Sorority girls seem to be getting more and more backlash, but why?

To The Girl Who Mocked My Sorority,

I buy my friends? Wow. First time I’ve ever gotten that, good one.

Do you feel better now? Was it all you hoped for?

I doubt it.

I’m not the “typical” sorority girl but I’ve also come to the realization that there isn’t a “typical” sorority girl. We are all different and believe it or not we are all just like you. The letters I wear on my chest don’t make me stupid. They don’t make me a bitch. They don’t make me spoiled. They don’t make me an alcoholic. They don’t make me fake. They don’t make me a slut. And they sure as heck don’t make me any better than you.

What my letters made me is better than I was before.

Some sorority stereotypes are inevitable. Yes, I love my Big. Yes, my Littles are my life. I’m guilty of being a master with a glue gun, and I’ll admit that new letter shirts make me giddy as a 5-year-old on Christmas morning.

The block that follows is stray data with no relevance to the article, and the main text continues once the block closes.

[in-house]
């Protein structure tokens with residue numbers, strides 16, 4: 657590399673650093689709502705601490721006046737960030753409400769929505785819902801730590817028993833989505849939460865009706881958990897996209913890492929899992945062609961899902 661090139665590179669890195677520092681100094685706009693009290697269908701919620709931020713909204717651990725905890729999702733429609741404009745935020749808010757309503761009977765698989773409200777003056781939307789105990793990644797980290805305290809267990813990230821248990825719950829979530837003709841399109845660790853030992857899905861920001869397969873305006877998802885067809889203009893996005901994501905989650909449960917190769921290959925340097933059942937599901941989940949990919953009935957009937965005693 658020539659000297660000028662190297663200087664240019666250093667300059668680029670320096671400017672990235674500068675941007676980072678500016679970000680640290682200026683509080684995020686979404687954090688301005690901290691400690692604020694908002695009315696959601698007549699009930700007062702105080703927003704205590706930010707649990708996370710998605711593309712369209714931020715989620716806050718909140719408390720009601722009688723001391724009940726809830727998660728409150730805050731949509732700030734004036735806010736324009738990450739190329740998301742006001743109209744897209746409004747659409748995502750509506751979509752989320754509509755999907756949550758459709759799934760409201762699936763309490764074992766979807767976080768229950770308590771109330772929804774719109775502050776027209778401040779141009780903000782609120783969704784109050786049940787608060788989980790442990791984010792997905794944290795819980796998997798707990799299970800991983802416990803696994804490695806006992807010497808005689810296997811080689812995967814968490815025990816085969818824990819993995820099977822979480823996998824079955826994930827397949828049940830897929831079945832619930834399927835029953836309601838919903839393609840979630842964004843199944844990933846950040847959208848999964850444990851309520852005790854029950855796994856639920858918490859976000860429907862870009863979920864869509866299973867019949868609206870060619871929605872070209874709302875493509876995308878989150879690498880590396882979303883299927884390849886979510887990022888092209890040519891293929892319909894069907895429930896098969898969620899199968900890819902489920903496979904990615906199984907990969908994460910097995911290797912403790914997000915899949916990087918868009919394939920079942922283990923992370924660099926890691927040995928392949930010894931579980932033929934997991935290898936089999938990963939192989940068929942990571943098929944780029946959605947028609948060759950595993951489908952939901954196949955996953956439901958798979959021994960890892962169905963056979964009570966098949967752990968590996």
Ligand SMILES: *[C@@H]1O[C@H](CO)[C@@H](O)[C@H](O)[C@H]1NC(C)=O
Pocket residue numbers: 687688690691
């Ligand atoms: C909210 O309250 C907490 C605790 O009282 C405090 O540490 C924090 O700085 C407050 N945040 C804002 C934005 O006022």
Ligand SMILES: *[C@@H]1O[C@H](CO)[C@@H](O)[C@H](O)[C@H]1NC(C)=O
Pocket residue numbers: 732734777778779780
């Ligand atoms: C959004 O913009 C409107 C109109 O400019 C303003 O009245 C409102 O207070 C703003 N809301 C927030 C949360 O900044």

But here’s what you don’t know — before I joined my sorority I couldn’t speak to a group of five people without turning red. Now I help run meetings in front of 45 women. Before, I would never have had the courage to go up to a group of girls and sit with them for lunch. Now I’m actually invited (crazy, I know). Before, I struggled with my grades. Now I have sisters in my major offering help. Before, my resume was empty. Now, it's full of leadership positions and community service hours. Before, I didn’t quite feel accepted. Now, I’m welcomed lovingly into an extremely diverse group. What’s so bad about all of that?

I get it. Sororities aren’t for everyone. I’ll even go as far to say that some of us sorority girls can be a little much. But what’s the point of dissing something that you don’t understand? Next time you’re about to make a cruel stereotypical joke, think about how you would feel if someone did that to you. Instead of making fun of sorority girls, sit down with one and find out why it’s so important to her.


A Proud Sorority Girl

Cover Image Credit: Megan Jones

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Rape Culture Affects Me On A Daily Basis

As a woman, rape culture affects me on a daily basis.